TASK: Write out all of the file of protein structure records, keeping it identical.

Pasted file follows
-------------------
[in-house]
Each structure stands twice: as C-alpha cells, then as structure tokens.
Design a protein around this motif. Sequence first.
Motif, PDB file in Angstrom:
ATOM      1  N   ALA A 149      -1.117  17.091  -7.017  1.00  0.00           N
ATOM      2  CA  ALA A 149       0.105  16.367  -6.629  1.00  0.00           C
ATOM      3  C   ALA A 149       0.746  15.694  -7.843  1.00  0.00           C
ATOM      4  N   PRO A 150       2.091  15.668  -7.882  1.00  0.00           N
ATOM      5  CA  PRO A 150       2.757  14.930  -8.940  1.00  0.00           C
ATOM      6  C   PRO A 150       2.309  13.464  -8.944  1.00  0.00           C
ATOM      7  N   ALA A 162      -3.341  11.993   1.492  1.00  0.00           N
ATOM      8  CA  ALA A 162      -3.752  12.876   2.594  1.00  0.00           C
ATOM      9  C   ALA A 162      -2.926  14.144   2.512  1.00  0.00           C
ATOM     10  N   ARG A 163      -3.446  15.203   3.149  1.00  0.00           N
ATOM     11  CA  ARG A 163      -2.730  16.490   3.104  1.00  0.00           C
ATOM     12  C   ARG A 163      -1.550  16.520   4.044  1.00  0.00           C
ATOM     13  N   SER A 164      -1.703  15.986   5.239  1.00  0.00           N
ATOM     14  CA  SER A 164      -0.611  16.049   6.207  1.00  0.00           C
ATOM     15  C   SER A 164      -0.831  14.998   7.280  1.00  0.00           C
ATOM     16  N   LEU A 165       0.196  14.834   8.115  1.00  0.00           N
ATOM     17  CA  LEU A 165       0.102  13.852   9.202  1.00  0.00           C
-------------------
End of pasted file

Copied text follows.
[in-house]
Each structure stands twice: as C-alpha cells, then as structure tokens.
Design a protein around this motif. Sequence first.
Motif, PDB file in Angstrom:
ATOM      1  N   ALA A 149      -1.117  17.091  -7.017  1.00  0.00           N
ATOM      2  CA  ALA A 149       0.105  16.367  -6.629  1.00  0.00           C
ATOM      3  C   ALA A 149       0.746  15.694  -7.843  1.00  0.00           C
ATOM      4  N   PRO A 150       2.091  15.668  -7.882  1.00  0.00           N
ATOM      5  CA  PRO A 150       2.757  14.930  -8.940  1.00  0.00           C
ATOM      6  C   PRO A 150       2.309  13.464  -8.944  1.00  0.00           C
ATOM      7  N   ALA A 162      -3.341  11.993   1.492  1.00  0.00           N
ATOM      8  CA  ALA A 162      -3.752  12.876   2.594  1.00  0.00           C
ATOM      9  C   ALA A 162      -2.926  14.144   2.512  1.00  0.00           C
ATOM     10  N   ARG A 163      -3.446  15.203   3.149  1.00  0.00           N
ATOM     11  CA  ARG A 163      -2.730  16.490   3.104  1.00  0.00           C
ATOM     12  C   ARG A 163      -1.550  16.520   4.044  1.00  0.00           C
ATOM     13  N   SER A 164      -1.703  15.986   5.239  1.00  0.00           N
ATOM     14  CA  SER A 164      -0.611  16.049   6.207  1.00  0.00           C
ATOM     15  C   SER A 164      -0.831  14.998   7.280  1.00  0.00           C
ATOM     16  N   LEU A 165       0.196  14.834   8.115  1.00  0.00           N
ATOM     17  CA  LEU A 165       0.102  13.852   9.202  1.00  0.00           C